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From the Exploratorium
Make a "Mummy"


Join us for a live Webcast, 'Beneath The Mummy's Shroud', on May 13th, 2000 as we peek under the wrappings of an Egyptian mummy from the Fine Arts Museums of San Francisco.

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Revealing Bodies
2000
The Exploratorium

 

You'll Need:

a fresh "dressed" fish (scaled and gutted)
a plastic container several inches longer, wider, and deeper than the fish
a large box or two of baking soda (sodium bicarbonate)
a small scale, like a postage scale (optional)

Try This!

1. Fill the plastic container about 2 inches deep with baking soda. (If you have a scale, weigh the fish now and jot down how much it weighs. You may also want to note what the fish looks like--the colors on its skin, whether it looks shiny or dull, and so on.)

2. Once the fish is prepared and weighed, pack the gut cavity of the fish with baking soda. Place it on top of the baking soda in the container and cover it with more baking soda, so that it's a couple of inches thick on the top and sides.

3. After a week, remove the fish and brush off the excess baking soda. What does the fish look like now? If you have a scale, try weighing the fish again.

4. Throw away the used baking soda (inside the fish and out), and repack the fish in clean baking soda, just as you did a week earlier.

5. Wait another week to ten days and remove the fish again. By now you should have a stiff, leathery, fish mummy!

 

What's Going On?

You've probably discovered that, after two weeks in baking soda, your fish has been transformed into a stiff, dry mummy. It may look dull, feel rough, and have lost half its body weight (or more), but it sure doesn't smell like a two-week-old fish!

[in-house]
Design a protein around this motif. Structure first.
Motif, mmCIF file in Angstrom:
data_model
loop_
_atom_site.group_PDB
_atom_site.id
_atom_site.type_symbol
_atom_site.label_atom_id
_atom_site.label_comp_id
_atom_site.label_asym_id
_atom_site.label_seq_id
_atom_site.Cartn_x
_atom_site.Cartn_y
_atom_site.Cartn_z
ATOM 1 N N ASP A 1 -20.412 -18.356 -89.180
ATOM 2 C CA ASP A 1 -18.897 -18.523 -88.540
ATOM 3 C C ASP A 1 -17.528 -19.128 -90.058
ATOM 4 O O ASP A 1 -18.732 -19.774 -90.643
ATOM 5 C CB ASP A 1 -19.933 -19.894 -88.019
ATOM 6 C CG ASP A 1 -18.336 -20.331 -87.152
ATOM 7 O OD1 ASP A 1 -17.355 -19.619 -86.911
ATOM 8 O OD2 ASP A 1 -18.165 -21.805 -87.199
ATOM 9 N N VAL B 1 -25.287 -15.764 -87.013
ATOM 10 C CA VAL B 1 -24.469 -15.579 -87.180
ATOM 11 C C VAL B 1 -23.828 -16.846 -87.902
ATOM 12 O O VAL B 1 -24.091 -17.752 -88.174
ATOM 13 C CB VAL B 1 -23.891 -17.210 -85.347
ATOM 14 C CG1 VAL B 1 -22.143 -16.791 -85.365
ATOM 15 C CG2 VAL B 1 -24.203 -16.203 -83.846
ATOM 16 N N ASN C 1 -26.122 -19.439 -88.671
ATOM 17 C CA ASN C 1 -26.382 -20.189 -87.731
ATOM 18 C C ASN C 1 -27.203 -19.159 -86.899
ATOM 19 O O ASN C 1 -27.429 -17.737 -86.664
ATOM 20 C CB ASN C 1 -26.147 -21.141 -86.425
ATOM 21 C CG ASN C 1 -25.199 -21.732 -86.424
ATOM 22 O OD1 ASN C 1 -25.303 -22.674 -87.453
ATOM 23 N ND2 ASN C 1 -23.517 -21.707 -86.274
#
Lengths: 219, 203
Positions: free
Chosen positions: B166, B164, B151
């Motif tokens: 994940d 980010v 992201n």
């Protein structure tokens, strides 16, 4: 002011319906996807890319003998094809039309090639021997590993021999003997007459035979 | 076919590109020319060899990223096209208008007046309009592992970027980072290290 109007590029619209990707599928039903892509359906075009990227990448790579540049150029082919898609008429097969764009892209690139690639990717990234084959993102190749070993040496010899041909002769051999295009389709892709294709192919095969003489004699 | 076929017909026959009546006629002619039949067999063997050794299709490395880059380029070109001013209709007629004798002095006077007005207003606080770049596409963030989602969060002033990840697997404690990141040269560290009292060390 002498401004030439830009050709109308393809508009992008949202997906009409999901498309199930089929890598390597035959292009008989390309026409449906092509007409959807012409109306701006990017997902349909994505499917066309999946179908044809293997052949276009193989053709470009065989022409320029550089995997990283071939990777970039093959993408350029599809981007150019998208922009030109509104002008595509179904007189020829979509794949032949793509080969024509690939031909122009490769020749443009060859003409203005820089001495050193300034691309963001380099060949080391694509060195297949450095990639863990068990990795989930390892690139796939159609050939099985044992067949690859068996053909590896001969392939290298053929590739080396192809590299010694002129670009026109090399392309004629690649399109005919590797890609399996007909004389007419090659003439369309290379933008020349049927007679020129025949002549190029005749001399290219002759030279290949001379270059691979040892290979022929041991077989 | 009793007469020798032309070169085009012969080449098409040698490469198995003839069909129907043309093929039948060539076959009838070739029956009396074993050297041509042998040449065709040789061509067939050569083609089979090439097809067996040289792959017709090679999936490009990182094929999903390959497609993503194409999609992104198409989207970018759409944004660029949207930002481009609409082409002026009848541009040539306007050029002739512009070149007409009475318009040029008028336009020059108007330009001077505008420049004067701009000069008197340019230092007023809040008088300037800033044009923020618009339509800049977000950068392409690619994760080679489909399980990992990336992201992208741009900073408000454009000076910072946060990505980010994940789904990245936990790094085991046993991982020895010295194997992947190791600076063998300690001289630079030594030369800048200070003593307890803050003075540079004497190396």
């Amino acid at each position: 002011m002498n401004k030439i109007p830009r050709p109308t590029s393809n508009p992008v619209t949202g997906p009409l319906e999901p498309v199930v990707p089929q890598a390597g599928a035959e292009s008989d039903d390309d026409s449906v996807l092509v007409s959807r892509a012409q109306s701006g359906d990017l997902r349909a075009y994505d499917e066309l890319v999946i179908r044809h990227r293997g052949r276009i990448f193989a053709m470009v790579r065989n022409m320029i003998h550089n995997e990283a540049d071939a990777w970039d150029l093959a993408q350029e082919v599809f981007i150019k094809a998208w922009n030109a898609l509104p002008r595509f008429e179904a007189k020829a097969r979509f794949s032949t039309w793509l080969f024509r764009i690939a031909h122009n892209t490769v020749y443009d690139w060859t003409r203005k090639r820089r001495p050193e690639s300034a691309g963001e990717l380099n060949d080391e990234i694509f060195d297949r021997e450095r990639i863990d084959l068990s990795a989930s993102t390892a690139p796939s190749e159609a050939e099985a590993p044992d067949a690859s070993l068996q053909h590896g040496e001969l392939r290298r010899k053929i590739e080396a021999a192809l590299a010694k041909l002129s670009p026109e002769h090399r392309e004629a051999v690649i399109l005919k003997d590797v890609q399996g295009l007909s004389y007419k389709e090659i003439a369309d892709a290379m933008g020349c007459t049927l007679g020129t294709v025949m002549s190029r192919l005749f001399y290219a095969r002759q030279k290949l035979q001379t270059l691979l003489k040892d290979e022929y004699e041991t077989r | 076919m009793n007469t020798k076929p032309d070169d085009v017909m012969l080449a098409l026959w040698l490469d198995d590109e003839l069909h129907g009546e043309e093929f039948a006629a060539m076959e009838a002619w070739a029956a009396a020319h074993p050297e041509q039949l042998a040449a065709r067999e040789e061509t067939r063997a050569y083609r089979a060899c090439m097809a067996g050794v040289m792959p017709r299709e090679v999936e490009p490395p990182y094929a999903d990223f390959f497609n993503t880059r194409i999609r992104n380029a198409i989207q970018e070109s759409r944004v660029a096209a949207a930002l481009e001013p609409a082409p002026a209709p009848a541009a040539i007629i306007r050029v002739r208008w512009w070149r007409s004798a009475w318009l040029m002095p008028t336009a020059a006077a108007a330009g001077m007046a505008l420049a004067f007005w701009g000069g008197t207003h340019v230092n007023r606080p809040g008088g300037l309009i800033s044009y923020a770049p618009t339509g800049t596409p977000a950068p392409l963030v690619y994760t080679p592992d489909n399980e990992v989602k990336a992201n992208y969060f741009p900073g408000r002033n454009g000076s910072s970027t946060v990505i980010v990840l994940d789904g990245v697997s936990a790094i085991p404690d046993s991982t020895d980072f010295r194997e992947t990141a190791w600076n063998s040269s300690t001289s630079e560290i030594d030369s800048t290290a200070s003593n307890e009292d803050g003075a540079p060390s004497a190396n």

These dramatic changes are direct consequences of dehydration--removing water from the fish's body. The baking soda draws the water out of the fish's cells and tissues. But how does this happen?

Baking soda is the common name for the salt sodium bicarbonate. Because of its molecular structure, water can be incorporated into the sodium bicarbonate molecules, but the molecules remain dry--up to a point.

In your experiment, most of the baking soda remained dry, even though it absorbed a lot of water. However, you may have found that the baking soda packed closest to the fish--and exposed to the most water--was somewhat moist. The fresh baking soda used for the second week of mummification increased the efficiency of dehydration.

If you'd just left your fish out on a shelf, exposed to the air, bacteria and fungi would have begun to decay the fish, creating strong, unappetizing odors. Since all living things require water to survive, removing the water from the fish greatly inhibited the growth of these organisms, decreasing the unpleasant effects of rotting.

So What?

The Ancient Egyptians used a naturally-occurring salt from the banks of the Nile River, called natron, to mummify their dead. Natron is made up primarily of sodium carbonate (a very efficient, but relatively expensive, dehydrating material), with about 17% sodium bicarbonate (the baking soda you used), and very small amounts of sodium sulfate and sodium chloride (table salt).

Long before refrigeration and freezing of foods were available, drying, pickling, salting, and smoking were common means of food preservation. Dehydrated foods are still commonly used by backpackers and astronauts in space, and home dehydrators are popular appliances.

This activity, created by Karen Kalumuck of the Exploratorium Teacher Institute, is presented in conjunction with Revealing Bodies, a major new exhibition on view until September 4, 2000

2000 Exploratorium

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